Specific phobia is characterized by extreme fear of an object or situation that is not harmful under general conditions.
Examples may include a fear of the following:
Closed-in places / small spaces
I love flying, dogs, cats and birds. I find clowns very boring - in fact I have disliked circuses for as long as I can remember. Tunnels and closed in spaces do not bother me, I don't do well with heights if they are open, that is on the edge of a cliff, or high up in an open space. A high window or an air plane doesn't bother me at all. I do hate insects and spiders. and I am genuinely afraid of water, I have had so many swimming lessons in my life and have only succeeded in learning to swim for long enough to make drowning take a little longer and prolong the agony.
When I was 18, and still having swimming lessons, I arrived at the pool and as I walked passed the deepest end, heading to the shallow end for my lesson, I was pushed into the pool by some young boy who clearly thought that was amusing. I never forgot the feeling of going down for what seemed like forever, and having the greatest difficulty getting back up to the surface. I didn't panic, but when I eventually broke the surface I saw the life guard about to dive in after me, he was beginning to panic at how long it was taking me to come back up. I continued with my swimming lesson that day, and then didn't get into water other than a shower or bathtub for another 11 years, when I finally did try to learn to swim again I mastered a width of the pool and felt that was sufficient as I got absolutely no enjoyment from being in the water.
While I have always hated spiders, and I really dislike most insects. I can remember playing with woodlice when I was a child (also known as pill bugs or roly polly bugs) and there are some bugs that I do have more tolerance for, but NOT inside my home. I love snakes, but naturally I have a healthy respect for them as I do know many can be extremely dangerous. And, while I hate spiders I find tarantulas absolutely fascinating, again - not inside my home. I do believe that all creatures have a purpose and I do try not to kill them, certainly outside I ignore them and if they do stray inside I do my best to capture and release rather than kill, no matter how grossed out I might be.
I don't believe that I have a phobia, that is to say it is not so much a fear of insects or spiders, more that they positively disgust me. In fact, after some research on phobia, I suspect if I have one, it is a fear of being contaminated by insects. I consider them to be absolutely filthy, and I do have a (what I consider to be healthy) fear of dirt and germs. According to About.com : "... In many cases of entomophobia (fear of insects), the sufferer is afraid of becoming contaminated by insects. Many bugs, such as cockroaches and flies, do carry disease. However, people with contamination phobias take cleanliness to an extreme..."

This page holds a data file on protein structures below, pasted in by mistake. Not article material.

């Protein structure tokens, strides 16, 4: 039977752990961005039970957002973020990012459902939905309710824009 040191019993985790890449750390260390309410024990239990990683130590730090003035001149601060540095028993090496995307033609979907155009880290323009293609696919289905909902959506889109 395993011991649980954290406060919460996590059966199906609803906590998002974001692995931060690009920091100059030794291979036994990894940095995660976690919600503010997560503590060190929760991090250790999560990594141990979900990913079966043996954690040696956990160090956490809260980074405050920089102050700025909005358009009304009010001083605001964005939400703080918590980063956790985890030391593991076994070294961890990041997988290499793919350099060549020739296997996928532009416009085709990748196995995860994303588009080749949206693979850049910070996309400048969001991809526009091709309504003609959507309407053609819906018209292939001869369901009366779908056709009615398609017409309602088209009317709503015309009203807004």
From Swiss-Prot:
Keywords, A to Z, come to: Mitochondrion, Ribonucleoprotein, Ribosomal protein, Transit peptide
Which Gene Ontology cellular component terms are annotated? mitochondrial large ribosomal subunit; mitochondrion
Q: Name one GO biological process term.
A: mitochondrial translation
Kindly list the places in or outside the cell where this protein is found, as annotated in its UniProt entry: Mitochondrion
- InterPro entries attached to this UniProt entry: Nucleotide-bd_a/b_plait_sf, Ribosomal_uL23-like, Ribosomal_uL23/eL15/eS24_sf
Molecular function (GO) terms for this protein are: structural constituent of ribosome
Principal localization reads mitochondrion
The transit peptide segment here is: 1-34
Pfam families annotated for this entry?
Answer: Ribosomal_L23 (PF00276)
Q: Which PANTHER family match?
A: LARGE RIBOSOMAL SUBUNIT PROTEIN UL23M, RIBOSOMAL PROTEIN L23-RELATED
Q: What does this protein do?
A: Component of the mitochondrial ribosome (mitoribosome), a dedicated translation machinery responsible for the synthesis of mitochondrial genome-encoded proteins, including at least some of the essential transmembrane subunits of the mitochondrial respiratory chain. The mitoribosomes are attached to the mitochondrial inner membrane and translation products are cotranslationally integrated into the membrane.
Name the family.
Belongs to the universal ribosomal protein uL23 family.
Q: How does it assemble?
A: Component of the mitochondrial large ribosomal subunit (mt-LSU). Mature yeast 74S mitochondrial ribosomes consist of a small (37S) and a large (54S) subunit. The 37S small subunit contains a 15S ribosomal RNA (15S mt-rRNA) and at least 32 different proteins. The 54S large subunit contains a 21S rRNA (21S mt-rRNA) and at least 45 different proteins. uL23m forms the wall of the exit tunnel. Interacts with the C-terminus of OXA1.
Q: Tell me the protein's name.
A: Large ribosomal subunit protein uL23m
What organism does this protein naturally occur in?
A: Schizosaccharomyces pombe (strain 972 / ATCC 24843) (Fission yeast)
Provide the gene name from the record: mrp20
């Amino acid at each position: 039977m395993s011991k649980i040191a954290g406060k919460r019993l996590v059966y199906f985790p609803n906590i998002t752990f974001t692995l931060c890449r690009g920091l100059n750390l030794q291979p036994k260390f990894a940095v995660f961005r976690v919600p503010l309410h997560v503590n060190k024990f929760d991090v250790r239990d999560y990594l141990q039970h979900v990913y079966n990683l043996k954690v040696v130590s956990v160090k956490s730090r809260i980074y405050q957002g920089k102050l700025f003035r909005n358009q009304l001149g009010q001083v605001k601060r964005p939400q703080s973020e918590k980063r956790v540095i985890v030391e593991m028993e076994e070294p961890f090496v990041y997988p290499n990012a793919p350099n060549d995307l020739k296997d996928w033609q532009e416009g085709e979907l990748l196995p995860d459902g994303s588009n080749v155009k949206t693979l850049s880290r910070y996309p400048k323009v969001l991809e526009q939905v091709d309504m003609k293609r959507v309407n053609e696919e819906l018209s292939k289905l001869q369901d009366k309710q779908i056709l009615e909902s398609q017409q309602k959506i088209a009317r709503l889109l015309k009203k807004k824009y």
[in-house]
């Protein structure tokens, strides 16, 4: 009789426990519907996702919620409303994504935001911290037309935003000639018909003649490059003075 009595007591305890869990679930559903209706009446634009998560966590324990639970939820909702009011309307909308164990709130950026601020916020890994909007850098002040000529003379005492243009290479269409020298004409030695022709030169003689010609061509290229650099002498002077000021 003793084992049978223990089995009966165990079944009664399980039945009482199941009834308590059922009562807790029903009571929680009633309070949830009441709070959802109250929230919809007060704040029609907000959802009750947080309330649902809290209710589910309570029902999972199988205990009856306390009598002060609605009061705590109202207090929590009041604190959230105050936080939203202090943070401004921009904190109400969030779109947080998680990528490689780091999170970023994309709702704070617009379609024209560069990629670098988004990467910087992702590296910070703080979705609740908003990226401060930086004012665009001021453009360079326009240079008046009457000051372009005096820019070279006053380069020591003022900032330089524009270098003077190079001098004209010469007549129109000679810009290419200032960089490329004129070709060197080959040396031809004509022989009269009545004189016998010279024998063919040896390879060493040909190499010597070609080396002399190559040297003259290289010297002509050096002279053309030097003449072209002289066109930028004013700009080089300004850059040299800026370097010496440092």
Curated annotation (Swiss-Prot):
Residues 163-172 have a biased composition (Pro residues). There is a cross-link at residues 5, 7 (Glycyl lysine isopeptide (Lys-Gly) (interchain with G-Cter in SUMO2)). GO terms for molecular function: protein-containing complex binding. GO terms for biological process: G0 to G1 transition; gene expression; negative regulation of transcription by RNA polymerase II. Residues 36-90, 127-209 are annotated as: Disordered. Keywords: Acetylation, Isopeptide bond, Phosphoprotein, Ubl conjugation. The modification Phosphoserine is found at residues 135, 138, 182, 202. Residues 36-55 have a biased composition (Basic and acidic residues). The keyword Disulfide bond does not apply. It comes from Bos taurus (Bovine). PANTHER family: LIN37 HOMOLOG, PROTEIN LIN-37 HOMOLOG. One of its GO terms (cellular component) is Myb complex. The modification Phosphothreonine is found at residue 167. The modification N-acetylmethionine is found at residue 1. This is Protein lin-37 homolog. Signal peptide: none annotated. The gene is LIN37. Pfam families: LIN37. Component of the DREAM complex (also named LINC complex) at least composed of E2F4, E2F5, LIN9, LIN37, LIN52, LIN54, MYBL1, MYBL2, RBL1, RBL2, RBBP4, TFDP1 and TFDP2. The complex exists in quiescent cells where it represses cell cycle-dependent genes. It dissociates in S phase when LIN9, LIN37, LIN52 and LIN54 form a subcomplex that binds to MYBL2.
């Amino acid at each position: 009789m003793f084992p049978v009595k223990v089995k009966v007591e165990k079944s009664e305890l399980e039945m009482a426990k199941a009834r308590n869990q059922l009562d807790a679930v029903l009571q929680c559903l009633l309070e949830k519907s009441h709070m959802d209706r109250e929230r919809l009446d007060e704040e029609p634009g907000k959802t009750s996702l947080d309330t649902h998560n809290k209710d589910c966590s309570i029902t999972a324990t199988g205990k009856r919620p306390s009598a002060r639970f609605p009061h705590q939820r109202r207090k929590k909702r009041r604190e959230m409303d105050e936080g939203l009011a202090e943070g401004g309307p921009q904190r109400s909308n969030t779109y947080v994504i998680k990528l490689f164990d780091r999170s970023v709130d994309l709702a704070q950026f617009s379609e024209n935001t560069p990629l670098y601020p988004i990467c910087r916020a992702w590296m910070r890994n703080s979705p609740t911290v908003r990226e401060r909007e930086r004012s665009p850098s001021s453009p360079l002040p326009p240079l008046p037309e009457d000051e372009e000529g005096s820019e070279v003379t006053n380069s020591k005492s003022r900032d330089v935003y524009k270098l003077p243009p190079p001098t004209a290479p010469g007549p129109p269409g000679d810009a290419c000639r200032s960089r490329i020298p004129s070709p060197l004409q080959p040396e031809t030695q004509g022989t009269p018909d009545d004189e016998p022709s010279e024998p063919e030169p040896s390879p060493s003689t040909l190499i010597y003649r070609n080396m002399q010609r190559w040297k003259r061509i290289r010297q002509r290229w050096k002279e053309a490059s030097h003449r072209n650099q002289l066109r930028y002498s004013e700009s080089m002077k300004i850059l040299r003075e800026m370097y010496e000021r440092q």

Now, while I don't enjoy being stung, that really is the least of my worries. I would prefer to be stung than have the thing flying around me and bumping into things (me), but worse, landing on surfaces and possibly spreading disease. And my research tells me that while mud daupers rarely sting, they are actually the wasp family and are capable of stinging. But, as I said, that is not my prime concern.
It is very difficult for someone who doesn't have this reaction to understand it. Generally their first instinct is to make fun of the unfortunate person who is already feeling totally stressed out, no amount of rationalizing or teasing will help, and suggesting you 'snap out of it' is ludicrous, some even go so far as to antagonize and feed the stress, as once happened to my sister (who really does have a phobia) and myself when her husband (glad to say now her ex-husband) thought it funny to open the door of the room where we were busy sewing, and throw a handful of insects directly at us - I believe they were grasshoppers, but it didn't matter in the least what they were the reaction was absolute terror on our parts, and disgust, which quickly turned to fury. And I do believe that as a doctor, he should have known better.
However, back to the flying invader of my home and my comfort level - he/she disappeared, that is to say, was never spotted again that evening, and so was most likely still somewhere in my house and that thought grossed me out. I went to bed knowing the creature was somewhere in the house, woke up still fully aware it was likely to suddenly reappear. The next day, after some research I established that a wasp can live up to 40 days inside a house! I would be a nervous wreck if I had to keep a watch for it for 40 days - and clean every surface over and over again during that time. Luckily the following day, when I came home from work I noticed this on the floor in the living room: